I asked Elaine where all the plants came from. There are over 100 different species of commonly used Asian medicinal herbs. She told me that Professor Xu brought about 30 plants with him. He helped them identify another 50 plants in the Asian area that were medicinal that they propagated. There was this wonderful program instituted whereby different Botanic Gardens would mail lists of their wild-collected seeds to other institutions around the world. and then each garden exchanged seeds. There was no cost involved. The Berkeley Botanical Garden would collect native California species every other year and make a seed list to offer wild documented seed from California. Elaine told me that Shanghai had a lot of great variety of seed before they closed that garden.

photo of the chinese medicinal herb ying su ke

One of my favorite stories from Elaine about her time with Professor Xu Hong Hua was when she was driving him home. As they passed Hearst and Oxford streets in Berkeley, he asked her to stop the car. He had seen Plantain (車前子 chē qián zi) growing in a crack in the sidewalk. They pulled over, got a little scrap of newspaper and as people were walking by, they sat scraping and collecting the seeds.

photo of the chinese medicinal herb shan zha

The Chinese medicine herb garden at UC Berkeley Botanical gardens continues to be well-cared for. I visited last January to see flashy red quince and plum blossoms in bloom. Most of the other plants are dormant in the winter. Ideal times to visit are from spring through autumn to witness the flowering and fruiting of the many herbaceous plants, shrubs and trees. A few of my favorite surprises have been seeing 五味子 wŭ wèi zĭ and 淫羊藿 yīn yáng huò in bloom, as well as seeing fresh 山楂 shān zhā and 山茱萸 shān zhū yú fruits on trees. The garden is only a demonstration garden – it is not harvested for use. The Chinese medicinal section is easy to locate with the beautiful 2,500-pound stone that was donated by the Chinese Ministry of Health and installed just before the gardens’ dedication in 1987.

California residents can receive discounted entry if they schedule ahead with their public library card number through the Discover & Go program, which offers free and low-cost passes for museums, science centers, zoos, theatres, and other cultural destinations. You can also visit the UC Berkeley Botanical Garden website for hours and directions.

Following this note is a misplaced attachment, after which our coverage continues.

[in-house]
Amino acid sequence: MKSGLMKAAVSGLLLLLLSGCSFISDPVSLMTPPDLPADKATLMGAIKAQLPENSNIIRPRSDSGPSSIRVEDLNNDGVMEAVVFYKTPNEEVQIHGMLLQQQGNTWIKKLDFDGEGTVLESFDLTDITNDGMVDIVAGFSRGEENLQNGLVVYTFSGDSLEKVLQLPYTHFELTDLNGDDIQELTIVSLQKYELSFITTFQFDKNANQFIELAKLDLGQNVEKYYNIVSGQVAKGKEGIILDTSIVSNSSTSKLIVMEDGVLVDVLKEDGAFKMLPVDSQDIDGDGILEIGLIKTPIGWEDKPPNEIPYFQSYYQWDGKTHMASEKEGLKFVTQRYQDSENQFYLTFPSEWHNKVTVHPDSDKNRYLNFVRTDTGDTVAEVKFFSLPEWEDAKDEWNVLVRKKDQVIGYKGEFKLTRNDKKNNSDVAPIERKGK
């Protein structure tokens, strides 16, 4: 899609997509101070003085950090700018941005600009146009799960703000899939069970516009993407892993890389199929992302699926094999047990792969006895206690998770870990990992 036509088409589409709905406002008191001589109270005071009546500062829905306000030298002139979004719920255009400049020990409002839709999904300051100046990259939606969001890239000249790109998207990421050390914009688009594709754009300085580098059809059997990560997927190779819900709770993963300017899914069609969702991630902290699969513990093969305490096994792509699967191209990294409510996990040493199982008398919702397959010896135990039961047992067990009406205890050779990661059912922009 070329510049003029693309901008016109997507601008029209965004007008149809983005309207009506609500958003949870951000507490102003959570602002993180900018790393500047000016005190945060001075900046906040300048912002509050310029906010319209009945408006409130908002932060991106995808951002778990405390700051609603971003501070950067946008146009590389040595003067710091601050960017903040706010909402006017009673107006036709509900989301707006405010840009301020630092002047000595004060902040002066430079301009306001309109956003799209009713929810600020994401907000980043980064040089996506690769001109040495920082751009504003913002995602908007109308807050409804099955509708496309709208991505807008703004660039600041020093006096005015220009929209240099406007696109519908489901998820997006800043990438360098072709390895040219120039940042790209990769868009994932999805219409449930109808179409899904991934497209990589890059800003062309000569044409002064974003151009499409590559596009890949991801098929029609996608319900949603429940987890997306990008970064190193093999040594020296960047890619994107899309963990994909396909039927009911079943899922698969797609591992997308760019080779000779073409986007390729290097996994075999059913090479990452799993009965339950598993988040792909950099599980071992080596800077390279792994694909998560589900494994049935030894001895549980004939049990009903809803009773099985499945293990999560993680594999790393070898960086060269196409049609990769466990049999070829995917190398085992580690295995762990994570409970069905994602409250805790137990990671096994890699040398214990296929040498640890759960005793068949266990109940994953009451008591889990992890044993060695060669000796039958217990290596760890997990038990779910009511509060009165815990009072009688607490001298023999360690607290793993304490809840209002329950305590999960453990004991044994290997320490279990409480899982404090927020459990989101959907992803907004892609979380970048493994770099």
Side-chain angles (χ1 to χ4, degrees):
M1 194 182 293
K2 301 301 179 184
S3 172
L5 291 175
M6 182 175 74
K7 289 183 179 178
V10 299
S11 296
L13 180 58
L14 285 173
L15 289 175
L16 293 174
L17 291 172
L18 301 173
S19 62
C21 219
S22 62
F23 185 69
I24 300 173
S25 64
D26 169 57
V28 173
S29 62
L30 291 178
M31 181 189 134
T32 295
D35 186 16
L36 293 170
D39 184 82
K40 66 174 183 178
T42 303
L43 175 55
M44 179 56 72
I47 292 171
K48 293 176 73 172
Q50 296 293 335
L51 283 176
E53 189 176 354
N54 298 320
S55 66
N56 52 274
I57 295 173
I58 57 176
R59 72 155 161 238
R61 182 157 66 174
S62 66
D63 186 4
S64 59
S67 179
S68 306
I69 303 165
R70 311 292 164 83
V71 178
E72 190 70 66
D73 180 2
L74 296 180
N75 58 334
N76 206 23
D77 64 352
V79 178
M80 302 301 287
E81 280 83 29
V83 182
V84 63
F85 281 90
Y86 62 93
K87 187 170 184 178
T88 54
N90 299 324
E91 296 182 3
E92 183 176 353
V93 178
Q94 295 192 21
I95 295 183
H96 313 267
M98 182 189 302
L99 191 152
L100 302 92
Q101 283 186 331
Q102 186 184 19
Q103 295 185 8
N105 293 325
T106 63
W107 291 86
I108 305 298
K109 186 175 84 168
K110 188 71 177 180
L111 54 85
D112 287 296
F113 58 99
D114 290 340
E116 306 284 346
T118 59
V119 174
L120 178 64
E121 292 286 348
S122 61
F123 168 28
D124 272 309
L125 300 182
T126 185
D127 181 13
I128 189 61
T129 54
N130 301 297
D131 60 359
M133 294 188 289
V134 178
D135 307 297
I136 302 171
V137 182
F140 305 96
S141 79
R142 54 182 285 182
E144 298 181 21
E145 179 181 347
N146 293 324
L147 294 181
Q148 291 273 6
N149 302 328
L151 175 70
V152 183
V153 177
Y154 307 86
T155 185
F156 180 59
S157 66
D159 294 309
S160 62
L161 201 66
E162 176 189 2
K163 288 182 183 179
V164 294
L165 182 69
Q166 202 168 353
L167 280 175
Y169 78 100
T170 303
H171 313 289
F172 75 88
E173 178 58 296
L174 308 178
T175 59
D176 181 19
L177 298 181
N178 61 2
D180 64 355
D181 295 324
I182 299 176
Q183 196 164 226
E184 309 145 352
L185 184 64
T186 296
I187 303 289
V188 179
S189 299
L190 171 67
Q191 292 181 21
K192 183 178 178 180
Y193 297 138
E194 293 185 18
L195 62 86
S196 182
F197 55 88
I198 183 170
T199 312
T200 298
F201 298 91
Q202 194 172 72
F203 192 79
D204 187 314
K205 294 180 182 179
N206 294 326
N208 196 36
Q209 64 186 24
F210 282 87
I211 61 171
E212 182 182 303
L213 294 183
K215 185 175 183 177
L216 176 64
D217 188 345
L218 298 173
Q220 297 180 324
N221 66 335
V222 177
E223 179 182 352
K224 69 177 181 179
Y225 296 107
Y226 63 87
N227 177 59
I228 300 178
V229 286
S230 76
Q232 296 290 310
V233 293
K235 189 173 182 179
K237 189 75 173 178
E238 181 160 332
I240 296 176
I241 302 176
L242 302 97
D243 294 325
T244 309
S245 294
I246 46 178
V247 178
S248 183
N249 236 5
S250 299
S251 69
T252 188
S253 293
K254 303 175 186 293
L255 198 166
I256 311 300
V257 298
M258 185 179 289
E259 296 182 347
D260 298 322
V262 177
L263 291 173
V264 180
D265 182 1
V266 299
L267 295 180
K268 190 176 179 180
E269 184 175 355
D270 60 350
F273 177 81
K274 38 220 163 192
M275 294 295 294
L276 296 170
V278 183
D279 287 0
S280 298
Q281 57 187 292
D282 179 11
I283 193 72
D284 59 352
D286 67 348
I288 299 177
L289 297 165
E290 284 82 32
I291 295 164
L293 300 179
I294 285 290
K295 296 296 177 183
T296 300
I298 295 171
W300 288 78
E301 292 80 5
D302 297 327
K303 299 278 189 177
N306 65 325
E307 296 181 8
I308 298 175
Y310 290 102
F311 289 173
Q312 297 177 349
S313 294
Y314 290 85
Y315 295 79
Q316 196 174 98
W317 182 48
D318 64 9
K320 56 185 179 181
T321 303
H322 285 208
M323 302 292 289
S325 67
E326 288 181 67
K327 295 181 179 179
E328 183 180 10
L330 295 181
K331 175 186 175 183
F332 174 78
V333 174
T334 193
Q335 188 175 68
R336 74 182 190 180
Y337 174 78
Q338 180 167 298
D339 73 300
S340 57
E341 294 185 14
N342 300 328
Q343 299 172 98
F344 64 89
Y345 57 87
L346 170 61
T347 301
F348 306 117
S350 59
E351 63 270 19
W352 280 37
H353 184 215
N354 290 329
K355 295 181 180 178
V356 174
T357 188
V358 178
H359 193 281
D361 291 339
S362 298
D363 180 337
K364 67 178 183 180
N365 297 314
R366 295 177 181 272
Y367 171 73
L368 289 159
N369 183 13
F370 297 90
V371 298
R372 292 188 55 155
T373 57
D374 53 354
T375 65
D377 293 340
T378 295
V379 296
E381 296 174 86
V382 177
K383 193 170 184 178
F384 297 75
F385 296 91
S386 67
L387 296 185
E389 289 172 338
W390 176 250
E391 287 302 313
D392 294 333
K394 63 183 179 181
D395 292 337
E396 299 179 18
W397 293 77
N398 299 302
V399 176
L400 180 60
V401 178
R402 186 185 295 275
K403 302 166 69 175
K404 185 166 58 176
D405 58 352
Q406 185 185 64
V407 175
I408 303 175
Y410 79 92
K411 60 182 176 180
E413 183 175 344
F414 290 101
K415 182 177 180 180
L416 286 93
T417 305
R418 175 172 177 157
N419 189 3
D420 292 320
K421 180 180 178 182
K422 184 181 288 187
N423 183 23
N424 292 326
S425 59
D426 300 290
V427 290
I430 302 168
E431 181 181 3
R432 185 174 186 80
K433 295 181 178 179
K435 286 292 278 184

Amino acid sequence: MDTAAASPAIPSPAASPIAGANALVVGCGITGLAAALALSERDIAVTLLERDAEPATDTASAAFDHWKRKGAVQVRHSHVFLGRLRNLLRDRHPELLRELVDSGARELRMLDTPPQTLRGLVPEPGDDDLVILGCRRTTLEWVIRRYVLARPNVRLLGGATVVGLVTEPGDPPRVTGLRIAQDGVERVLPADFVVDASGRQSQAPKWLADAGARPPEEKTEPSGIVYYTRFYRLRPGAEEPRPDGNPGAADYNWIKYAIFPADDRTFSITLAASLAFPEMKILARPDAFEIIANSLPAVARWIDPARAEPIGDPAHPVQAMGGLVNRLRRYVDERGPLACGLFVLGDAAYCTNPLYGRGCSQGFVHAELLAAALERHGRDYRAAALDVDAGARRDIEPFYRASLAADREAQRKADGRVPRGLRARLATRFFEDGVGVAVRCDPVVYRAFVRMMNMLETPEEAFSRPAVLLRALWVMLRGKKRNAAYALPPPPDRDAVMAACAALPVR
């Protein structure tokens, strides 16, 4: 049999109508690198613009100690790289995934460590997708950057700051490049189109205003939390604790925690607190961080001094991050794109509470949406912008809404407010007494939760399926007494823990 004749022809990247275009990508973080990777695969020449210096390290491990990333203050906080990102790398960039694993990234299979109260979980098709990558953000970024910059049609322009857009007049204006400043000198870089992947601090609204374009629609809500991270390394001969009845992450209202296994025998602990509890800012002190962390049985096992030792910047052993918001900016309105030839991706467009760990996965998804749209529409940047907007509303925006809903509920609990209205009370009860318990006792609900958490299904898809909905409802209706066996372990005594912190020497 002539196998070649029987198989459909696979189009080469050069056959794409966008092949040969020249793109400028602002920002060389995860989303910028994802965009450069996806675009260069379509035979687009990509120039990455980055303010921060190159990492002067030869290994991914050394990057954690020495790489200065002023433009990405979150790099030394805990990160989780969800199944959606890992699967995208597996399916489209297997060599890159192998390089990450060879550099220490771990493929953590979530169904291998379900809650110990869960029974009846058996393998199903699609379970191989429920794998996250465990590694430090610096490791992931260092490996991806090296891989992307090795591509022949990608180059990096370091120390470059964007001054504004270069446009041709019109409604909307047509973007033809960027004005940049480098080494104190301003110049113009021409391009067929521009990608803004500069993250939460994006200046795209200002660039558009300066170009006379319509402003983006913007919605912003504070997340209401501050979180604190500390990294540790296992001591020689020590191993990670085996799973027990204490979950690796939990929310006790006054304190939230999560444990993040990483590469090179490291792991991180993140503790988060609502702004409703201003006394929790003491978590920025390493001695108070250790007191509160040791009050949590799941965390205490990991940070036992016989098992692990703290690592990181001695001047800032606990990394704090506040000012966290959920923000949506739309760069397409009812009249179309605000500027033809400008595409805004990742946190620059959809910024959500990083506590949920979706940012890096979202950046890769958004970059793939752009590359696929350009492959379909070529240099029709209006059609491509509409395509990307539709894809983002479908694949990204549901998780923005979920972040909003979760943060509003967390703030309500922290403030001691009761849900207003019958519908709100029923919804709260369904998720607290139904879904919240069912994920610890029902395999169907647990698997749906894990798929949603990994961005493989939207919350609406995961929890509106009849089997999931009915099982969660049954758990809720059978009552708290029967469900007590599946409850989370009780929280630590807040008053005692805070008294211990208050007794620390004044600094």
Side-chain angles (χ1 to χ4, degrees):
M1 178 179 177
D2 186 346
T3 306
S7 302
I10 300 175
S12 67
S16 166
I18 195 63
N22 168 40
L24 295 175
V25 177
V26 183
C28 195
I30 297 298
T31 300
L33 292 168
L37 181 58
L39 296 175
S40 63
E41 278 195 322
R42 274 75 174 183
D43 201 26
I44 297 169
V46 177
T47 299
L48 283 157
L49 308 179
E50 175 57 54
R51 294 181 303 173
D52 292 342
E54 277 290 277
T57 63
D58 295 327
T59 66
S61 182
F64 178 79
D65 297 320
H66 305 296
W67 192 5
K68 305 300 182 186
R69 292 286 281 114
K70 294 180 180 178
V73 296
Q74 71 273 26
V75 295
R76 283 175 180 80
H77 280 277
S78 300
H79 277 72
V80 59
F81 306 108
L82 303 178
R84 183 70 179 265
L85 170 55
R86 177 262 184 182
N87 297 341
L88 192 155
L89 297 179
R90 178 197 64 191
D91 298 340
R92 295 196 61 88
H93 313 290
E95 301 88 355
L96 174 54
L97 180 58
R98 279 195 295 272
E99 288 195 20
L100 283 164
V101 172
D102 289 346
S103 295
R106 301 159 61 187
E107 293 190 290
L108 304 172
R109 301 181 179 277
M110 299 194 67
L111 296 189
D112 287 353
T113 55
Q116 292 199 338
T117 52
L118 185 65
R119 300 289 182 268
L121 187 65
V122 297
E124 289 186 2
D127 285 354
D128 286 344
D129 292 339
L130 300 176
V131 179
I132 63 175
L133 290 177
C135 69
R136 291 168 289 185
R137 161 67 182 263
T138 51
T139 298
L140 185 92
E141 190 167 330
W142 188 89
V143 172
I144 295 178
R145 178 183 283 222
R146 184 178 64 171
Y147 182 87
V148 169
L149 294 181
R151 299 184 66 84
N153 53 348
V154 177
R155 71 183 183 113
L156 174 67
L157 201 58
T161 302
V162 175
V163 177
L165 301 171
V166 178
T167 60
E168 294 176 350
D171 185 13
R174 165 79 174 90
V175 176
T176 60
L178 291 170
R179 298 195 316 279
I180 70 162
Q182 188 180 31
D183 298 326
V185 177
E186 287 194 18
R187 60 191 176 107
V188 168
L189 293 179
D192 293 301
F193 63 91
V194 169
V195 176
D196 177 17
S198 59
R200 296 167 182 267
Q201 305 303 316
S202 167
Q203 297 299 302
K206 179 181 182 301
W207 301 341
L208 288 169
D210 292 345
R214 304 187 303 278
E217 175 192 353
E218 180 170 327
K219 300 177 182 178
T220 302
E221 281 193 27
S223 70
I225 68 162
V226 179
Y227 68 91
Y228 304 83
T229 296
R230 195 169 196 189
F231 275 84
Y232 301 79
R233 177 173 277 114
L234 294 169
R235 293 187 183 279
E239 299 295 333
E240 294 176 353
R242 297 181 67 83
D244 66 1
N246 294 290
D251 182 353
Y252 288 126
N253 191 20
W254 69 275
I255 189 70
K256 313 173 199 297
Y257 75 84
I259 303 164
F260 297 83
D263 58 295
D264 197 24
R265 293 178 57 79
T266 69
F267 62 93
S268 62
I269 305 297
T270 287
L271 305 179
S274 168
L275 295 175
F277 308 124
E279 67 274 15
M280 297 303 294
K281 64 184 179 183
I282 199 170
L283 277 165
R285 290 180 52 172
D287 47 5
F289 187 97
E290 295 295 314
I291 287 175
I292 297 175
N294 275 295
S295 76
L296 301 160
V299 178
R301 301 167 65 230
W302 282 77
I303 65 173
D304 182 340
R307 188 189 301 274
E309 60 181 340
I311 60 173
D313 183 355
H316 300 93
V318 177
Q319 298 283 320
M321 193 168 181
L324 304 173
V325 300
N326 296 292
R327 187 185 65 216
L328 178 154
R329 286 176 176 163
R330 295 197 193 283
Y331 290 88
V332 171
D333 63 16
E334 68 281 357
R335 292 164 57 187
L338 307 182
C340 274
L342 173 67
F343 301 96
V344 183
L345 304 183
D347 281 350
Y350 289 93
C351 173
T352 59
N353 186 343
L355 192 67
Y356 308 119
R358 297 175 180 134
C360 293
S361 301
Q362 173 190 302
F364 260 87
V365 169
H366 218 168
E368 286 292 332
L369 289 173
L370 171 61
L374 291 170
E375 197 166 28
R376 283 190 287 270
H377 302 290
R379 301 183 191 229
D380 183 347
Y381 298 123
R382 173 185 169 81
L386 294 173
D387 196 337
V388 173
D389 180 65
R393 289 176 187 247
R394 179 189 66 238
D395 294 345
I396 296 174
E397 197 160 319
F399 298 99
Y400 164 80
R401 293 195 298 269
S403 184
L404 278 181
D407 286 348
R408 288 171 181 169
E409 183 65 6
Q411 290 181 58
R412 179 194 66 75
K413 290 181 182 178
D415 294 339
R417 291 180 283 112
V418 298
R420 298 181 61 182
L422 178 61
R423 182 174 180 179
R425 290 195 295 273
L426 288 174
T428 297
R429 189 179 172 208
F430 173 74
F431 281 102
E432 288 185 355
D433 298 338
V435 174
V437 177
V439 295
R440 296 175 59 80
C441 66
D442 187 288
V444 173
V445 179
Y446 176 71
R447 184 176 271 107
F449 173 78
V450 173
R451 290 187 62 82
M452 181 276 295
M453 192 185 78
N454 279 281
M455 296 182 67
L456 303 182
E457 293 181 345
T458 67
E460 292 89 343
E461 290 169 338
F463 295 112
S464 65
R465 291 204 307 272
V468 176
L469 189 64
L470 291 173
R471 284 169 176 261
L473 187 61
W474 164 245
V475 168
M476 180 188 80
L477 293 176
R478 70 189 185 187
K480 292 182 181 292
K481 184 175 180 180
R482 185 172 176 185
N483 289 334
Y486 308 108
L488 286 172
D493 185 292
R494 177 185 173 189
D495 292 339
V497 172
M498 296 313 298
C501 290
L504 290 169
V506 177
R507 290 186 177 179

Growing a Chinese Herb Garden at Home

There are many reasons to personally grow a Chinese herb garden, even if it is only a small one. Here are a few:

  1. Get to know the herbs we use clinically a little more - whole, beautiful, and alive.
  2. For the simple joy of witnessing natural cycles and spending regular time outdoors, a place where many of us experience being part of something much larger than our individual selves, a feeling of connection and a recognition of the interdependent web of which we are a part.
  3. The garden is a model of health: cyclical alternations of rest and activity, of receiving nourishment and of letting go. Connect with the wisdom gleaned by the ancients of quiet observation, whether doing the simple task of weeding or watering, doing qigong or Taiji, or just simply relaxing after a day in the clinic.

If you don’t have yard space, many herbs can be grown in pots successfully. Start with just a few plants. Check out some of the seed, plant and learning resources below, including the Lilium Initiative, who hosts an online bi-monthly Growers Support Group for anyone growing Asian medicinal herbs. Recent meetings have included farmers, growers, practitioners and medicine makers from California, Washington, Oregon, Montana, Wisconsin, New York, South Carolina, Canada and Switzerland.

Medicinal herb gardens are treasures, and as we see with the closure of ACTCM, they can be impermanent. Enjoy your time in the garden, whether your own or a Botanical Garden, and keep your eyes out for some of those medicinals that might surprise you at garden nurseries and front yards. I always feel such gratitude to see the transformation of blossoms into fruits of some of our most beloved medicinals.

Happy Earth Day!

About the Author

Dr Jasmine Oberste DACM

Dr. Jasmine Rose Oberste is a Doctor of Chinese Medicine licensed in California, Hawaii and the UK after completing her Master's in 2004 and more recently her Doctorate, both at the American College of Traditional Chinese Medicine in San Francisco. In addition to her clinical practice, she is an award-winning permaculture designer with a focus on community-based restorative agriculture. Dr. Oberste teaches Chinese herbal medicine, Shi Liao (Chinese diet therapy), and permaculture. She recently opened an online store of her own Chinese herbal products and pottery at


Chinese Medicinal Seeds & Plants

For any of the following companies, put “Chinese” in their search box to pull up most of the Chinese medicinal herbs available.

Online Learning

  • Lilium Initiative (student discount available): Lilium Initiative offers monthly educational talks free to members (and available to non-members by donation) about growing, harvesting, processing and using Asian medicinals as well as hosting the bi-monthly Growers Support Group

Recommended Reading

  • Herbal Emissaries: Bringing Chinese Herbs to the West by Steven Foster and Yue Chongxi, 1992.
  • Growing Chinese Herbs: Daodi Practices for Growing and Processing Chinese Herbs, edited by Guo Lan-ping, Huang Lu-Qi, Xie Xiao-Liang, and Zhang Yan. Translated and annotated by Thomas Avery Garran, 2019.
  • The Chinese Medicinal Herb Farm: A Cultivator's Guide to Small-Scale Organic Herb Production, Peg Schafer, 2011.